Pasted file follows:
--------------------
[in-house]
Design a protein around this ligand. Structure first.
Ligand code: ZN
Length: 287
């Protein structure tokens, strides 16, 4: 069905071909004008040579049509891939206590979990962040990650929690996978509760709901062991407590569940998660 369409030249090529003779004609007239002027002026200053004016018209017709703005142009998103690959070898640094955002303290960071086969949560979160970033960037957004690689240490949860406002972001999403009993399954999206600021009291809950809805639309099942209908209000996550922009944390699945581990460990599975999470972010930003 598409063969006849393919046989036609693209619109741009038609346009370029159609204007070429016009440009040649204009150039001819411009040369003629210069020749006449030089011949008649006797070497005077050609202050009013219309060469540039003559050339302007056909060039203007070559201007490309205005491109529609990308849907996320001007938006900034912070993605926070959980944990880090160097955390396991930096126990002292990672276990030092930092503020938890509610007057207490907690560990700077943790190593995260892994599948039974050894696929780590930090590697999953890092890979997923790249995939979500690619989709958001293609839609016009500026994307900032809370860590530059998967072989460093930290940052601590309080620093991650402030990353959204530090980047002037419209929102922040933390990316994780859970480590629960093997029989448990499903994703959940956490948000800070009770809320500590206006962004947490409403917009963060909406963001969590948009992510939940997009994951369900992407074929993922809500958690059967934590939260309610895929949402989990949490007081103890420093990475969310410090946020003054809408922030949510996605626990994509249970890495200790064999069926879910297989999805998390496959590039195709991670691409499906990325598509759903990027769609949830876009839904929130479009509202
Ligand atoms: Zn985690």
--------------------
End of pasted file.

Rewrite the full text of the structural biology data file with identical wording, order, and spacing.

[in-house]
Design a protein around this ligand. Structure first.
Ligand code: ZN
Length: 287
């Protein structure tokens, strides 16, 4: 069905071909004008040579049509891939206590979990962040990650929690996978509760709901062991407590569940998660 369409030249090529003779004609007239002027002026200053004016018209017709703005142009998103690959070898640094955002303290960071086969949560979160970033960037957004690689240490949860406002972001999403009993399954999206600021009291809950809805639309099942209908209000996550922009944390699945581990460990599975999470972010930003 598409063969006849393919046989036609693209619109741009038609346009370029159609204007070429016009440009040649204009150039001819411009040369003629210069020749006449030089011949008649006797070497005077050609202050009013219309060469540039003559050339302007056909060039203007070559201007490309205005491109529609990308849907996320001007938006900034912070993605926070959980944990880090160097955390396991930096126990002292990672276990030092930092503020938890509610007057207490907690560990700077943790190593995260892994599948039974050894696929780590930090590697999953890092890979997923790249995939979500690619989709958001293609839609016009500026994307900032809370860590530059998967072989460093930290940052601590309080620093991650402030990353959204530090980047002037419209929102922040933390990316994780859970480590629960093997029989448990499903994703959940956490948000800070009770809320500590206006962004947490409403917009963060909406963001969590948009992510939940997009994951369900992407074929993922809500958690059967934590939260309610895929949402989990949490007081103890420093990475969310410090946020003054809408922030949510996605626990994509249970890495200790064999069926879910297989999805998390496959590039195709991670691409499906990325598509759903990027769609949830876009839904929130479009509202
Ligand atoms: Zn985690």